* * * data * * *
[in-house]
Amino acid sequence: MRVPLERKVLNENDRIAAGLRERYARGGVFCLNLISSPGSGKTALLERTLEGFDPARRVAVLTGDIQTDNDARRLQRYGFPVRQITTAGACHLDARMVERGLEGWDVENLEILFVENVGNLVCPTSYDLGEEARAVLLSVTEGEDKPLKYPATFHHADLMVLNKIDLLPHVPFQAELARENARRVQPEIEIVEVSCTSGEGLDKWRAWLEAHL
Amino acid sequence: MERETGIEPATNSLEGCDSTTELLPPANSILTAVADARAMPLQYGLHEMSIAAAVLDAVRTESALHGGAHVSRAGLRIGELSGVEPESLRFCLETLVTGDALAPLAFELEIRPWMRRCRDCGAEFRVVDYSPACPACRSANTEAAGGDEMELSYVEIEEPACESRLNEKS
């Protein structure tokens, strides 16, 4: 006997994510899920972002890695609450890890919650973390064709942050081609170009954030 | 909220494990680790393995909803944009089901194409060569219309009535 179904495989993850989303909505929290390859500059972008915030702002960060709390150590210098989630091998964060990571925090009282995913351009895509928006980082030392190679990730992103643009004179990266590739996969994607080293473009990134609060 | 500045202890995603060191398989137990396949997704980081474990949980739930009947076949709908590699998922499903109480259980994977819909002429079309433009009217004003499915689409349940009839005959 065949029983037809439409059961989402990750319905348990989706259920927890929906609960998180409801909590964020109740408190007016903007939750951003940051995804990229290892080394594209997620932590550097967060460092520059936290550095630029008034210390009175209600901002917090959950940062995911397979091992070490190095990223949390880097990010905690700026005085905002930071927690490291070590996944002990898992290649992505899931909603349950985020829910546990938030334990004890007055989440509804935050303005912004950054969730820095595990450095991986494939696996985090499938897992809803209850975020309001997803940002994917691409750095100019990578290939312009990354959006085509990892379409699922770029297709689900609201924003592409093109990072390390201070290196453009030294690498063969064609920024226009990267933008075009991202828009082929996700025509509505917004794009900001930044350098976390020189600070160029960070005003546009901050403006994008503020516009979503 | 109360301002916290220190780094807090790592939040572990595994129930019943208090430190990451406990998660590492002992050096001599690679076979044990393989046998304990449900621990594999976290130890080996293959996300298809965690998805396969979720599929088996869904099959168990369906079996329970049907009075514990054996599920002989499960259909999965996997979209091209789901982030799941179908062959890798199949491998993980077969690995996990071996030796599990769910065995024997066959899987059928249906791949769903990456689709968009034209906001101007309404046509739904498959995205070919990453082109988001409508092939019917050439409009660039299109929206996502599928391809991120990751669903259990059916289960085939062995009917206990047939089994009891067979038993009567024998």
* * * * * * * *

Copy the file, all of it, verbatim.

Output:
[in-house]
Amino acid sequence: MRVPLERKVLNENDRIAAGLRERYARGGVFCLNLISSPGSGKTALLERTLEGFDPARRVAVLTGDIQTDNDARRLQRYGFPVRQITTAGACHLDARMVERGLEGWDVENLEILFVENVGNLVCPTSYDLGEEARAVLLSVTEGEDKPLKYPATFHHADLMVLNKIDLLPHVPFQAELARENARRVQPEIEIVEVSCTSGEGLDKWRAWLEAHL
Amino acid sequence: MERETGIEPATNSLEGCDSTTELLPPANSILTAVADARAMPLQYGLHEMSIAAAVLDAVRTESALHGGAHVSRAGLRIGELSGVEPESLRFCLETLVTGDALAPLAFELEIRPWMRRCRDCGAEFRVVDYSPACPACRSANTEAAGGDEMELSYVEIEEPACESRLNEKS
């Protein structure tokens, strides 16, 4: 006997994510899920972002890695609450890890919650973390064709942050081609170009954030 | 909220494990680790393995909803944009089901194409060569219309009535 179904495989993850989303909505929290390859500059972008915030702002960060709390150590210098989630091998964060990571925090009282995913351009895509928006980082030392190679990730992103643009004179990266590739996969994607080293473009990134609060 | 500045202890995603060191398989137990396949997704980081474990949980739930009947076949709908590699998922499903109480259980994977819909002429079309433009009217004003499915689409349940009839005959 065949029983037809439409059961989402990750319905348990989706259920927890929906609960998180409801909590964020109740408190007016903007939750951003940051995804990229290892080394594209997620932590550097967060460092520059936290550095630029008034210390009175209600901002917090959950940062995911397979091992070490190095990223949390880097990010905690700026005085905002930071927690490291070590996944002990898992290649992505899931909603349950985020829910546990938030334990004890007055989440509804935050303005912004950054969730820095595990450095991986494939696996985090499938897992809803209850975020309001997803940002994917691409750095100019990578290939312009990354959006085509990892379409699922770029297709689900609201924003592409093109990072390390201070290196453009030294690498063969064609920024226009990267933008075009991202828009082929996700025509509505917004794009900001930044350098976390020189600070160029960070005003546009901050403006994008503020516009979503 | 109360301002916290220190780094807090790592939040572990595994129930019943208090430190990451406990998660590492002992050096001599690679076979044990393989046998304990449900621990594999976290130890080996293959996300298809965690998805396969979720599929088996869904099959168990369906079996329970049907009075514990054996599920002989499960259909999965996997979209091209789901982030799941179908062959890798199949491998993980077969690995996990071996030796599990769910065995024997066959899987059928249906791949769903990456689709968009034209906001101007309404046509739904498959995205070919990453082109988001409508092939019917050439409009660039299109929206996502599928391809991120990751669903259990059916289960085939062995009917206990047939089994009891067979038993009567024998």